Branson said more than 7,000 people had registered their willingness to pay the $210,000 fare for the service, which promises to send passengers 70 miles above the Earth.
Speaking from California's Mojave desert, Branson told Britain's Press Association news agency there had been "tremendous take-up" of the idea since he announced it last month.
"We are extremely pleased because it just means in a sense that the gamble we took seems to have paid off," he said.
Branson, 54, said he had committed $110 million toward spaceships and ground infrastructure for the new service, Virgin Galactic. He also plans to spend up to $26 million to license the technology of SpaceShipOne, the rocket-plane that made two successful suborbital space flights earlier this month to capture the $10 million Ansari X Prize.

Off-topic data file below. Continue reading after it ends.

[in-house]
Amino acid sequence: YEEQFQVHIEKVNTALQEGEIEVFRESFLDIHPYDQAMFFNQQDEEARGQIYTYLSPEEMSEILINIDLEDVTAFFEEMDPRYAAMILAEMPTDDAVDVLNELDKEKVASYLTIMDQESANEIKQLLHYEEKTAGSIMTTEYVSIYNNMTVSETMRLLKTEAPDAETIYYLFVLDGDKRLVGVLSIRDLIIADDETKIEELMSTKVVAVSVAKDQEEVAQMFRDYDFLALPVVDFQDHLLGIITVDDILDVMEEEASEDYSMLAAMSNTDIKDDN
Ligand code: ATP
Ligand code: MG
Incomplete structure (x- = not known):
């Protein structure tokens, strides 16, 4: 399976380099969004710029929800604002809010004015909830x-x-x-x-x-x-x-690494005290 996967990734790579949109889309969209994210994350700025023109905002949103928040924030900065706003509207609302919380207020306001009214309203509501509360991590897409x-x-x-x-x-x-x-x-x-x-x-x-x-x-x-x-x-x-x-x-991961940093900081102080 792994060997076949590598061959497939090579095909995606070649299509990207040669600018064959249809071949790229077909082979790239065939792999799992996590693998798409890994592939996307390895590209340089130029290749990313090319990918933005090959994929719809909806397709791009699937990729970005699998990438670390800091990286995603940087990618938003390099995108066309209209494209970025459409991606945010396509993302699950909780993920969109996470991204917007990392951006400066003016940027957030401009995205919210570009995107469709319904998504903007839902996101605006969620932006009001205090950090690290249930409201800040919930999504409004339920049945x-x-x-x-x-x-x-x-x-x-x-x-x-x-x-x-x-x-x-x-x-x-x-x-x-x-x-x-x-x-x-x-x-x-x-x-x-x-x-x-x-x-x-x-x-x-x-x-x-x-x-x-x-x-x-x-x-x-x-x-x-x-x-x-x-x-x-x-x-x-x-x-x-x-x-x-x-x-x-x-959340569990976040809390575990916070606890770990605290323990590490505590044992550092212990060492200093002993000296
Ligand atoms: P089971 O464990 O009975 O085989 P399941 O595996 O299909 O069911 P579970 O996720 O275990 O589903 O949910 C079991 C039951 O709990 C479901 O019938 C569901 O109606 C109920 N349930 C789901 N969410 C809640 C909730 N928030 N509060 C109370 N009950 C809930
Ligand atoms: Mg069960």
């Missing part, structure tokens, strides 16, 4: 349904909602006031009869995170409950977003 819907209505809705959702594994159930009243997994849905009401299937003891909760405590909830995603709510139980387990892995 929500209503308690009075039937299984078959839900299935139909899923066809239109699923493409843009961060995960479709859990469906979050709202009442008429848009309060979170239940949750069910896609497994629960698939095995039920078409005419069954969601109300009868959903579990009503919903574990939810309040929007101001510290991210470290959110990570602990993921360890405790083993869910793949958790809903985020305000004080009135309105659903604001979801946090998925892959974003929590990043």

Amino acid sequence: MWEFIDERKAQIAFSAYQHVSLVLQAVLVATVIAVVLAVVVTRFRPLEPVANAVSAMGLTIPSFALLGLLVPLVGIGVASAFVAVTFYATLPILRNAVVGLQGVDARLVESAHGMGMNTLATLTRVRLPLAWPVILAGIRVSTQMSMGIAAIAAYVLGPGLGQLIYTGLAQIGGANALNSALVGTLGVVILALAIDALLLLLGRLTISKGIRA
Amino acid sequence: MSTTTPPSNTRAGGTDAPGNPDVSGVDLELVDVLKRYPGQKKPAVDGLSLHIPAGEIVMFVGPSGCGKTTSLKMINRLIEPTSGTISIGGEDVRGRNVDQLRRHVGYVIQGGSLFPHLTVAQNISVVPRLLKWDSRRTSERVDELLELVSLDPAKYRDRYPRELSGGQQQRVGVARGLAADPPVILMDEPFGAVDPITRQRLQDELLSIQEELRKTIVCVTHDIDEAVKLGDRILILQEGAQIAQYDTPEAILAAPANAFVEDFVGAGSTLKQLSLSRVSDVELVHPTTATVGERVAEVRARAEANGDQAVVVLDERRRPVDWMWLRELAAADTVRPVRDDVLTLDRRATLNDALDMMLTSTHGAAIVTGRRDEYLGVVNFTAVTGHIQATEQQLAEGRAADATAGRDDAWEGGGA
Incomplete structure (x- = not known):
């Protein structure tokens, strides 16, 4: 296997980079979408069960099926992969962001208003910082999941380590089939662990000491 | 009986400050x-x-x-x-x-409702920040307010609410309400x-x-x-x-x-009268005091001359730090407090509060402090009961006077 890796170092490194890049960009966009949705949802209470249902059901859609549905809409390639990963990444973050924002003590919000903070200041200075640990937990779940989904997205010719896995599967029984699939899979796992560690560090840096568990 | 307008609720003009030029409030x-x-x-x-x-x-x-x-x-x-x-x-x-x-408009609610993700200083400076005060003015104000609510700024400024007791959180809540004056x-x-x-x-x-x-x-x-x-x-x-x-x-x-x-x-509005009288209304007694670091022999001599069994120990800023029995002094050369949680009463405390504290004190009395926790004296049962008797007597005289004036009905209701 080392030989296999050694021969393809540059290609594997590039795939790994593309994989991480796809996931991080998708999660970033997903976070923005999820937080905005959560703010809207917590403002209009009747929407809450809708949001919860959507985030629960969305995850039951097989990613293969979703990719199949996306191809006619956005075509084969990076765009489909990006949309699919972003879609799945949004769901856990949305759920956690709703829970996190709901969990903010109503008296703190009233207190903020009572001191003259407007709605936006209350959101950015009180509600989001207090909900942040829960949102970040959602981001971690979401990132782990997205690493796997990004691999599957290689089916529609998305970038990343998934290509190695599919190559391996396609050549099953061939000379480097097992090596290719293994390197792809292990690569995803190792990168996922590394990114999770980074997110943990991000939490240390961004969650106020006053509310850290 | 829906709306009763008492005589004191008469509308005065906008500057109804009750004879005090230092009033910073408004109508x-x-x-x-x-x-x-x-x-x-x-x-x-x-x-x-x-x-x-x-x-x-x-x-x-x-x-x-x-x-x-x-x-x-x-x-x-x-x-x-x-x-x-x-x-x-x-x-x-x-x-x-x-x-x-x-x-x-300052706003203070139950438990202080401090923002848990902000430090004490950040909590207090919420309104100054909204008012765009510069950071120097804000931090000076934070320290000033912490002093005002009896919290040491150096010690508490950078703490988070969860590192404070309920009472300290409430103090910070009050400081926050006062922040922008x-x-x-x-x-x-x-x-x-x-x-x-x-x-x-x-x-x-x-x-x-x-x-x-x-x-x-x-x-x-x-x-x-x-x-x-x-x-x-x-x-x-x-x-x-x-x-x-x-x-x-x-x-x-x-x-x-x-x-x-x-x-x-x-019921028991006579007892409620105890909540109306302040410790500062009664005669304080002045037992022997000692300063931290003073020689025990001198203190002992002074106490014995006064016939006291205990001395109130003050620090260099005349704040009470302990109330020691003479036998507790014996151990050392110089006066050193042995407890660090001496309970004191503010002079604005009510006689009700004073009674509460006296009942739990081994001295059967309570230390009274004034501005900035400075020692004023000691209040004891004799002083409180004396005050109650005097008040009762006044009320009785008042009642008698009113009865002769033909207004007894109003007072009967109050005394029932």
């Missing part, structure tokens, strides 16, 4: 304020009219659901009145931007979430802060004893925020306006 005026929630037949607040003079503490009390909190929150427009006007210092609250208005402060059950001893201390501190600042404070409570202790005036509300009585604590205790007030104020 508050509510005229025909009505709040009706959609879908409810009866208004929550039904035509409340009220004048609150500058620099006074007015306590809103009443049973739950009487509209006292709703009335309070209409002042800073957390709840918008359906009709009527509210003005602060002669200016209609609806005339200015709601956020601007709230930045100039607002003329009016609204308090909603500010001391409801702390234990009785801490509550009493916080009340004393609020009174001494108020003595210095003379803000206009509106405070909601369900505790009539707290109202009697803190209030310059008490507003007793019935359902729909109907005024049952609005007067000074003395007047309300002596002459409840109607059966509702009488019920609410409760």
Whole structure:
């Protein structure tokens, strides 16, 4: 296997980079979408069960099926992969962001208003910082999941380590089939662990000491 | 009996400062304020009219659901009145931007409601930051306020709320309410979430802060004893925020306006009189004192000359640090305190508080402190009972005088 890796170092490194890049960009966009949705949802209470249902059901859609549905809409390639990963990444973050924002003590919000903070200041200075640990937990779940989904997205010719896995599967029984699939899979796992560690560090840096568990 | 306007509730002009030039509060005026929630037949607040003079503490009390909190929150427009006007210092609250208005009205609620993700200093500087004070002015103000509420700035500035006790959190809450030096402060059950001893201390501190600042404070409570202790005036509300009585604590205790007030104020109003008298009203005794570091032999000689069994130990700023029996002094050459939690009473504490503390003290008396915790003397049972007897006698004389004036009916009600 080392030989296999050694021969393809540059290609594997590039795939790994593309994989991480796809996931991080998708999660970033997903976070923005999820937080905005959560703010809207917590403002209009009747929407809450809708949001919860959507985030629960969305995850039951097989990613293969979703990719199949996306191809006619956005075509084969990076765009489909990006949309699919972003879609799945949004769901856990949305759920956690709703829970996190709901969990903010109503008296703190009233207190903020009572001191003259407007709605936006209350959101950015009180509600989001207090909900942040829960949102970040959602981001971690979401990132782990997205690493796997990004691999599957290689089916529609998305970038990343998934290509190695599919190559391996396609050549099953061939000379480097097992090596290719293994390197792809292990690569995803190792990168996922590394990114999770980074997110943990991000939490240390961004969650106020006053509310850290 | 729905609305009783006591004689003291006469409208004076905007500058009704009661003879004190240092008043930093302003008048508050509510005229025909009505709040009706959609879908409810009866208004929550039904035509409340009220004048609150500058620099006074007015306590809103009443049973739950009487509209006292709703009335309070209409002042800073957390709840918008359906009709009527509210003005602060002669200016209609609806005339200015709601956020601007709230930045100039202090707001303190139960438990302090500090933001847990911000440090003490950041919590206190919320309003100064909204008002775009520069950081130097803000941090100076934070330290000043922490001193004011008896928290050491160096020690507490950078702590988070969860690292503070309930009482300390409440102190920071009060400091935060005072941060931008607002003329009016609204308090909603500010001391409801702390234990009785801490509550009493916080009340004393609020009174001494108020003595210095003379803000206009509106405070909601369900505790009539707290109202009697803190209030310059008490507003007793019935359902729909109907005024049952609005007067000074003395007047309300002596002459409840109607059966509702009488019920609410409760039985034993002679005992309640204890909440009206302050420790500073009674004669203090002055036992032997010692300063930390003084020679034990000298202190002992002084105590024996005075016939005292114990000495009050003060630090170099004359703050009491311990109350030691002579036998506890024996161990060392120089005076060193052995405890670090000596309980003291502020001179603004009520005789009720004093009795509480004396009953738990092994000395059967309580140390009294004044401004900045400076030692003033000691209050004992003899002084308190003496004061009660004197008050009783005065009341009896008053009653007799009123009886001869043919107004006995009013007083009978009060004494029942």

Virgin hoped to offer flights — lasting about 3 1/2 hours including six minutes of weightlessness — by 2008.
Branson said he would go on the first flight, along with family members including his father, now 86.
"My dad has put his hand up and will be 90 at the time, my kids definitely want to come and if there is room for my mum she will come as well," Branson told PA.
But he said his wife Joan "will have her feet firmly on the ground, I suspect, trying to encourage the kids to stay on the ground."
Branson is one of Britain's best known and most colorful entrepreneurs. His Virgin Group began as a record label, and now sells everything from soft drinks to bridal gowns, and even runs a train service and mobile phone network.